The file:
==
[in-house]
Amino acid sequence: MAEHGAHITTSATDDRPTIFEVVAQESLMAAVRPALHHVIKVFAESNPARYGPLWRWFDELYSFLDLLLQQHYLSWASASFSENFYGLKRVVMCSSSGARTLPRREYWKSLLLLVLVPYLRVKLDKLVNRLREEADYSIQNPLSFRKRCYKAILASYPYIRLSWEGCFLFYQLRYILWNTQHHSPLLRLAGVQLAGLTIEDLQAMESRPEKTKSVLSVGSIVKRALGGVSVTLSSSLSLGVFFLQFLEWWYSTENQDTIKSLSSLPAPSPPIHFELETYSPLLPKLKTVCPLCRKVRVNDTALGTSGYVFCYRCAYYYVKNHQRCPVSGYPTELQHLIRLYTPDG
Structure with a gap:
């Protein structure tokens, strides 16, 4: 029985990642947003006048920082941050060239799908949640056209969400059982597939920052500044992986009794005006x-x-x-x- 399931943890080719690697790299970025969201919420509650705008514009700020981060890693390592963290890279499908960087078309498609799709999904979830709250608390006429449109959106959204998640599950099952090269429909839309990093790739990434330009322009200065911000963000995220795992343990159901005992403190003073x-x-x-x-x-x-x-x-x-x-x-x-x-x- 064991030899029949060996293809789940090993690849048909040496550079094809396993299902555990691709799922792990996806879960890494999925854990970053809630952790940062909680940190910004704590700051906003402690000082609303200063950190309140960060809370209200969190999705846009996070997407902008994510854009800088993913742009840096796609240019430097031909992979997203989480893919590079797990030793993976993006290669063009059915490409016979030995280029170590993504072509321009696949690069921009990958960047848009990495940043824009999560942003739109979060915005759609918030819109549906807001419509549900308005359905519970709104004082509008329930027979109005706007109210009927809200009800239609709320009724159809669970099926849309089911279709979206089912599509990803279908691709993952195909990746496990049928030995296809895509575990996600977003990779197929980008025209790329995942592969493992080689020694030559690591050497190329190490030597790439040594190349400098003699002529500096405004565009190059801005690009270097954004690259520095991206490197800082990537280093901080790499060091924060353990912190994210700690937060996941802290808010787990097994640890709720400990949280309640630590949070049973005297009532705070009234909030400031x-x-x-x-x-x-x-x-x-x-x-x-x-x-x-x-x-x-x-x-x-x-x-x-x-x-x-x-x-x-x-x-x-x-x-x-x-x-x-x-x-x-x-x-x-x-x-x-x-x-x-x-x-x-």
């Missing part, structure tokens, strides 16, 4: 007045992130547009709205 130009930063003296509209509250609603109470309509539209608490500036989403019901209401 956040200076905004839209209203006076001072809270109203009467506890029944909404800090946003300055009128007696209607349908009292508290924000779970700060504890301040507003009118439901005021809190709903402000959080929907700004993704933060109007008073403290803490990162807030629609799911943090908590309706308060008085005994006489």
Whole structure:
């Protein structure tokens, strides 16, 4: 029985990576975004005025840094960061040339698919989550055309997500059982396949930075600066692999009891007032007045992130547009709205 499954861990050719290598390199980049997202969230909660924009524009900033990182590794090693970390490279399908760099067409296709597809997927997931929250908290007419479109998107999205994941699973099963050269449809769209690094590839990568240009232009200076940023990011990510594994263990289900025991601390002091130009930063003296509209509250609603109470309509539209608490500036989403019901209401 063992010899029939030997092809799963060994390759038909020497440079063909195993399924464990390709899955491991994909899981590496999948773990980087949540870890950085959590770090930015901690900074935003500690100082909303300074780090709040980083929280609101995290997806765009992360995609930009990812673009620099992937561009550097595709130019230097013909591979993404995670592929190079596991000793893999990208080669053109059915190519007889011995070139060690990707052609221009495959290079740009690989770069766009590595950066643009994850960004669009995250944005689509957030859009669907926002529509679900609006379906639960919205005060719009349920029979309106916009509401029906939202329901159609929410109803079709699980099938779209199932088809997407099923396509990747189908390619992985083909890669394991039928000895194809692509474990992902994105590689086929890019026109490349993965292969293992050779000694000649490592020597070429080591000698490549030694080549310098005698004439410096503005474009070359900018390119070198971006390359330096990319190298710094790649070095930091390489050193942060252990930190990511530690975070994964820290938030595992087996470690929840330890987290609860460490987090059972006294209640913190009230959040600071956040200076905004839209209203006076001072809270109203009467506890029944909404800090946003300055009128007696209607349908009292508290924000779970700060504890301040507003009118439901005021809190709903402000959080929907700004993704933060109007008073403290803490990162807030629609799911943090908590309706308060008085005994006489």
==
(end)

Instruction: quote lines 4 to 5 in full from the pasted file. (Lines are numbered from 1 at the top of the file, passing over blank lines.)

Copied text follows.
């Protein structure tokens, strides 16, 4: 029985990642947003006048920082941050060239799908949640056209969400059982597939920052500044992986009794005006x-x-x-x- 399931943890080719690697790299970025969201919420509650705008514009700020981060890693390592963290890279499908960087078309498609799709999904979830709250608390006429449109959106959204998640599950099952090269429909839309990093790739990434330009322009200065911000963000995220795992343990159901005992403190003073x-x-x-x-x-x-x-x-x-x-x-x-x-x- 064991030899029949060996293809789940090993690849048909040496550079094809396993299902555990691709799922792990996806879960890494999925854990970053809630952790940062909680940190910004704590700051906003402690000082609303200063950190309140960060809370209200969190999705846009996070997407902008994510854009800088993913742009840096796609240019430097031909992979997203989480893919590079797990030793993976993006290669063009059915490409016979030995280029170590993504072509321009696949690069921009990958960047848009990495940043824009999560942003739109979060915005759609918030819109549906807001419509549900308005359905519970709104004082509008329930027979109005706007109210009927809200009800239609709320009724159809669970099926849309089911279709979206089912599509990803279908691709993952195909990746496990049928030995296809895509575990996600977003990779197929980008025209790329995942592969493992080689020694030559690591050497190329190490030597790439040594190349400098003699002529500096405004565009190059801005690009270097954004690259520095991206490197800082990537280093901080790499060091924060353990912190994210700690937060996941802290808010787990097994640890709720400990949280309640630590949070049973005297009532705070009234909030400031x-x-x-x-x-x-x-x-x-x-x-x-x-x-x-x-x-x-x-x-x-x-x-x-x-x-x-x-x-x-x-x-x-x-x-x-x-x-x-x-x-x-x-x-x-x-x-x-x-x-x-x-x-x-």
């Missing part, structure tokens, strides 16, 4: 007045992130547009709205 130009930063003296509209509250609603109470309509539209608490500036989403019901209401 956040200076905004839209209203006076001072809270109203009467506890029944909404800090946003300055009128007696209607349908009292508290924000779970700060504890301040507003009118439901005021809190709903402000959080929907700004993704933060109007008073403290803490990162807030629609799911943090908590309706308060008085005994006489």